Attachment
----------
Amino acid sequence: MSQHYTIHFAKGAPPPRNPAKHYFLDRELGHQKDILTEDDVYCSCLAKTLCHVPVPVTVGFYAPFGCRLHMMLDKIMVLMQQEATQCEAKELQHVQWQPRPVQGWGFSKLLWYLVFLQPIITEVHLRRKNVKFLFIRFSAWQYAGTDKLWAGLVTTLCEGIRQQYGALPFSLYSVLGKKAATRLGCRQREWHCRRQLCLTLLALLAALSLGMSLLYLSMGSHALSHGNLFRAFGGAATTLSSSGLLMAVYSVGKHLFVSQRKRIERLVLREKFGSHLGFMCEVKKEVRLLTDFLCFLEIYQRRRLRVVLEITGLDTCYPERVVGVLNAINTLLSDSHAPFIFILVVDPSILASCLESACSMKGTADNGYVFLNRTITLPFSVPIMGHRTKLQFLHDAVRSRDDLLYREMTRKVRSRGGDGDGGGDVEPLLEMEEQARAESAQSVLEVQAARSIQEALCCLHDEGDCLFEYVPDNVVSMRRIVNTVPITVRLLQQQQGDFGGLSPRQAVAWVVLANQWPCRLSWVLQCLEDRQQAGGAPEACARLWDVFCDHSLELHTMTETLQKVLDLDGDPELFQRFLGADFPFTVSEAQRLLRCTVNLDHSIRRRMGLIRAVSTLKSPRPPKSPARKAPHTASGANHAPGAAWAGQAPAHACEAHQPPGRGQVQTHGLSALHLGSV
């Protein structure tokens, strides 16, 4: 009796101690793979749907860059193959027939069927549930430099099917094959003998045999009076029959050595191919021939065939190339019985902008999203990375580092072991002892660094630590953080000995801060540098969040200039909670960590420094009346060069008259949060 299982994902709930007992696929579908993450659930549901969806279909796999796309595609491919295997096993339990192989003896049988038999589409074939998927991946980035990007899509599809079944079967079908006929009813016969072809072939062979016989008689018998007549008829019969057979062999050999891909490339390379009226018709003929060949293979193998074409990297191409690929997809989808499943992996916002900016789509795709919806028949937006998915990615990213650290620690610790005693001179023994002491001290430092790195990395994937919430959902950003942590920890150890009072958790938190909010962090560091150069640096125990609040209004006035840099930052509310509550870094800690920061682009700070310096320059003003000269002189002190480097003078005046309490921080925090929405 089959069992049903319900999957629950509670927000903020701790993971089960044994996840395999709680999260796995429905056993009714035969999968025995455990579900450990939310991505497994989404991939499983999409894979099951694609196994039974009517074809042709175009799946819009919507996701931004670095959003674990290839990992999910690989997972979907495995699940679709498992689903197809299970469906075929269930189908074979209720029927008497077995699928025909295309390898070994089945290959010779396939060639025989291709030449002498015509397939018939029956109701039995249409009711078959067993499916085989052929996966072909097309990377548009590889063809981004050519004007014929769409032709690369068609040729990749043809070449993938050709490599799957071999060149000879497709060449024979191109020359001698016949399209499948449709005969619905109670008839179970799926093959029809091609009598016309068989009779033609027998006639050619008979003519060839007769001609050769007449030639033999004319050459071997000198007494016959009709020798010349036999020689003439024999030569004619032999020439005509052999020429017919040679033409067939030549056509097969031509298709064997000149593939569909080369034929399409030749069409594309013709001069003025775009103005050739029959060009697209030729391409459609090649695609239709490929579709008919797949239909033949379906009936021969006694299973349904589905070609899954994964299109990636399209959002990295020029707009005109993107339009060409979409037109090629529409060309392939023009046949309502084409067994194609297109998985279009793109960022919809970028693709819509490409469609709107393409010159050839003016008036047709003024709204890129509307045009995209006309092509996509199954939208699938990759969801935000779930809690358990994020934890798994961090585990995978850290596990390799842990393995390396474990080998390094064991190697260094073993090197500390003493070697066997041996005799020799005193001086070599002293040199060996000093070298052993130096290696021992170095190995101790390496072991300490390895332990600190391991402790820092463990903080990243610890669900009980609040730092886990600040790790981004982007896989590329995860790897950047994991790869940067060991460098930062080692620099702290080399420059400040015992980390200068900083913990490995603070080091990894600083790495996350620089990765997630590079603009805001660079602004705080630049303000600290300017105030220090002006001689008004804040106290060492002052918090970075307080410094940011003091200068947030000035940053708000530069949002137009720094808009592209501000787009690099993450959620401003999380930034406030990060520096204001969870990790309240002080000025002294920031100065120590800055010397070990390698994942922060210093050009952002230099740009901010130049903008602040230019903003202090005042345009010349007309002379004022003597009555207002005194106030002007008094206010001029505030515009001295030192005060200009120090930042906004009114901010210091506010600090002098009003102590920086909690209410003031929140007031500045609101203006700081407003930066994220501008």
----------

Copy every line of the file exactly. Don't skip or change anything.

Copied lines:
Amino acid sequence: MSQHYTIHFAKGAPPPRNPAKHYFLDRELGHQKDILTEDDVYCSCLAKTLCHVPVPVTVGFYAPFGCRLHMMLDKIMVLMQQEATQCEAKELQHVQWQPRPVQGWGFSKLLWYLVFLQPIITEVHLRRKNVKFLFIRFSAWQYAGTDKLWAGLVTTLCEGIRQQYGALPFSLYSVLGKKAATRLGCRQREWHCRRQLCLTLLALLAALSLGMSLLYLSMGSHALSHGNLFRAFGGAATTLSSSGLLMAVYSVGKHLFVSQRKRIERLVLREKFGSHLGFMCEVKKEVRLLTDFLCFLEIYQRRRLRVVLEITGLDTCYPERVVGVLNAINTLLSDSHAPFIFILVVDPSILASCLESACSMKGTADNGYVFLNRTITLPFSVPIMGHRTKLQFLHDAVRSRDDLLYREMTRKVRSRGGDGDGGGDVEPLLEMEEQARAESAQSVLEVQAARSIQEALCCLHDEGDCLFEYVPDNVVSMRRIVNTVPITVRLLQQQQGDFGGLSPRQAVAWVVLANQWPCRLSWVLQCLEDRQQAGGAPEACARLWDVFCDHSLELHTMTETLQKVLDLDGDPELFQRFLGADFPFTVSEAQRLLRCTVNLDHSIRRRMGLIRAVSTLKSPRPPKSPARKAPHTASGANHAPGAAWAGQAPAHACEAHQPPGRGQVQTHGLSALHLGSV
């Protein structure tokens, strides 16, 4: 009796101690793979749907860059193959027939069927549930430099099917094959003998045999009076029959050595191919021939065939190339019985902008999203990375580092072991002892660094630590953080000995801060540098969040200039909670960590420094009346060069008259949060 299982994902709930007992696929579908993450659930549901969806279909796999796309595609491919295997096993339990192989003896049988038999589409074939998927991946980035990007899509599809079944079967079908006929009813016969072809072939062979016989008689018998007549008829019969057979062999050999891909490339390379009226018709003929060949293979193998074409990297191409690929997809989808499943992996916002900016789509795709919806028949937006998915990615990213650290620690610790005693001179023994002491001290430092790195990395994937919430959902950003942590920890150890009072958790938190909010962090560091150069640096125990609040209004006035840099930052509310509550870094800690920061682009700070310096320059003003000269002189002190480097003078005046309490921080925090929405 089959069992049903319900999957629950509670927000903020701790993971089960044994996840395999709680999260796995429905056993009714035969999968025995455990579900450990939310991505497994989404991939499983999409894979099951694609196994039974009517074809042709175009799946819009919507996701931004670095959003674990290839990992999910690989997972979907495995699940679709498992689903197809299970469906075929269930189908074979209720029927008497077995699928025909295309390898070994089945290959010779396939060639025989291709030449002498015509397939018939029956109701039995249409009711078959067993499916085989052929996966072909097309990377548009590889063809981004050519004007014929769409032709690369068609040729990749043809070449993938050709490599799957071999060149000879497709060449024979191109020359001698016949399209499948449709005969619905109670008839179970799926093959029809091609009598016309068989009779033609027998006639050619008979003519060839007769001609050769007449030639033999004319050459071997000198007494016959009709020798010349036999020689003439024999030569004619032999020439005509052999020429017919040679033409067939030549056509097969031509298709064997000149593939569909080369034929399409030749069409594309013709001069003025775009103005050739029959060009697209030729391409459609090649695609239709490929579709008919797949239909033949379906009936021969006694299973349904589905070609899954994964299109990636399209959002990295020029707009005109993107339009060409979409037109090629529409060309392939023009046949309502084409067994194609297109998985279009793109960022919809970028693709819509490409469609709107393409010159050839003016008036047709003024709204890129509307045009995209006309092509996509199954939208699938990759969801935000779930809690358990994020934890798994961090585990995978850290596990390799842990393995390396474990080998390094064991190697260094073993090197500390003493070697066997041996005799020799005193001086070599002293040199060996000093070298052993130096290696021992170095190995101790390496072991300490390895332990600190391991402790820092463990903080990243610890669900009980609040730092886990600040790790981004982007896989590329995860790897950047994991790869940067060991460098930062080692620099702290080399420059400040015992980390200068900083913990490995603070080091990894600083790495996350620089990765997630590079603009805001660079602004705080630049303000600290300017105030220090002006001689008004804040106290060492002052918090970075307080410094940011003091200068947030000035940053708000530069949002137009720094808009592209501000787009690099993450959620401003999380930034406030990060520096204001969870990790309240002080000025002294920031100065120590800055010397070990390698994942922060210093050009952002230099740009901010130049903008602040230019903003202090005042345009010349007309002379004022003597009555207002005194106030002007008094206010001029505030515009001295030192005060200009120090930042906004009114901010210091506010600090002098009003102590920086909690209410003031929140007031500045609101203006700081407003930066994220501008």